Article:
Quantum optical neural networks are Variational Quantum Circuits composed of alternating layers of Gaussian and non-Gaussian transformations, which can be trained to become virtually any device.
As the field of integrated optics makes leaps year after year, our results will soon be implementable in real devices. We aim at developing a variety of methods and to build a solid knowledge base to take advantage of the cutting edge technology of integrated optics.
What we are working on:
- Developing fast differentiable simulations to allow for the computation of gradients. These are necessary in order to run optimisation algorithms such as Gradient Descent and its many variants and improvements. As the technology matures, the computation of the gradient itself can happen directly in the quantum hardware. We have recently developed an algorithm to simulate and optimize photonic networks which is up to 100x faster than the previous state-of-the-art .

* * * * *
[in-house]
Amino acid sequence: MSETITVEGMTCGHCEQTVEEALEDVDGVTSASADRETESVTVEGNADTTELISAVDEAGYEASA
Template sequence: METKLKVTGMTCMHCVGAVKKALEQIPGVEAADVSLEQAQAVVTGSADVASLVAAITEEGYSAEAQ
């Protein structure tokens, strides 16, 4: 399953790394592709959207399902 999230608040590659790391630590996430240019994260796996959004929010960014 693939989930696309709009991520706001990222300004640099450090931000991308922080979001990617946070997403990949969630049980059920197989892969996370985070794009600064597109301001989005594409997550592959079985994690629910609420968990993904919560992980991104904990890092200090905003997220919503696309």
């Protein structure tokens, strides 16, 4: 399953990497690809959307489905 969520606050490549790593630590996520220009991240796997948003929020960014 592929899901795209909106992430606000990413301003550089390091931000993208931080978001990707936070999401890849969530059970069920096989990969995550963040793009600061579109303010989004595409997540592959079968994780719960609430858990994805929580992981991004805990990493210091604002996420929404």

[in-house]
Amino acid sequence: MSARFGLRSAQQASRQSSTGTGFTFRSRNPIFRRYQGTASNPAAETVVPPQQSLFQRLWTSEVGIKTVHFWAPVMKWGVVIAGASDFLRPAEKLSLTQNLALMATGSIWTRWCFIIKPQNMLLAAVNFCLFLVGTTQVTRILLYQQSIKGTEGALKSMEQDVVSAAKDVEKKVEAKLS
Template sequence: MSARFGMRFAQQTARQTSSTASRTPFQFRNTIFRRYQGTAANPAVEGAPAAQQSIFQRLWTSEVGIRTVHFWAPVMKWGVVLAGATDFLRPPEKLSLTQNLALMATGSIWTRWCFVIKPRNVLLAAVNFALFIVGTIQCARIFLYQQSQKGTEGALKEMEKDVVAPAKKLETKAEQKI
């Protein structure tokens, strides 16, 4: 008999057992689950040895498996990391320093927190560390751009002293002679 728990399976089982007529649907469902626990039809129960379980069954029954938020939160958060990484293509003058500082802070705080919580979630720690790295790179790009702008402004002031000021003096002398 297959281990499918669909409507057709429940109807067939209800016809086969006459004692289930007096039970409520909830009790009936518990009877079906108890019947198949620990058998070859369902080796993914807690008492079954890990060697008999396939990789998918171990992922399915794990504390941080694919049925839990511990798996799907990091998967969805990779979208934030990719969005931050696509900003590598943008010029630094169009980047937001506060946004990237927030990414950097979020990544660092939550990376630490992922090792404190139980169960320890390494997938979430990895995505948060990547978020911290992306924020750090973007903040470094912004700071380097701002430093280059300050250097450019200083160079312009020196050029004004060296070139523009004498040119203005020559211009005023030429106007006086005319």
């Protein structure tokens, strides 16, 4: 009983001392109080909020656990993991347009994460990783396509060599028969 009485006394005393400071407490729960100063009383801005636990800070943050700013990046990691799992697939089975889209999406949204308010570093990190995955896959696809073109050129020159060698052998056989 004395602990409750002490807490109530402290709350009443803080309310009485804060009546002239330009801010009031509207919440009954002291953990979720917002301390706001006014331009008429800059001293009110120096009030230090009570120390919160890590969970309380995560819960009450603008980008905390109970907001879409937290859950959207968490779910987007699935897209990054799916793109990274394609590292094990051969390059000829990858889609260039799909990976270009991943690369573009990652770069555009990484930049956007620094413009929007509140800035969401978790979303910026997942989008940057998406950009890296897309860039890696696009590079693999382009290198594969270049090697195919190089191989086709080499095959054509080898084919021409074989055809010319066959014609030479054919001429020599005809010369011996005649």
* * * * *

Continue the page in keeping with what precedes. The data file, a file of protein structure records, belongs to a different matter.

- Applying enhanced versions of the Gradient Descent algorithm such as higher derivative methods (e.g. Hessian) and methods that take into account the curvature and topology of the parameter space (e.g. the Natural Gradient). These are known to accelerate the rate of convergence, which leaves us with more resources for optimising larger systems.
- Devising regularisers and loss functions that enhance the convergence of the optical network toward a desired objective, for example entanglement-based regularisers and entropy-based loss functions. Exploring the use of entropy-based loss functions will open new possibilities to optimise also devices used for Quantum Key Distribution.
While this program is being developed, we will constantly evaluate the current performance of our methods. As the main benchmark of the effectiveness of the various ideas, we optimise a one-way quantum repeater. We already have experience on this precise type of task and therefore we have a baseline to compare against. As a bonus, the one-way quantum repeater is a device which still lacks a CV implementation, and our suite of optimisation methods will likely yield viable candidate architectures.
 “Fast optimization of parametrized quantum optical circuits” Filippo M. Miatto, Nicolás Quesada, arXiv:2004.11002 [quant-ph]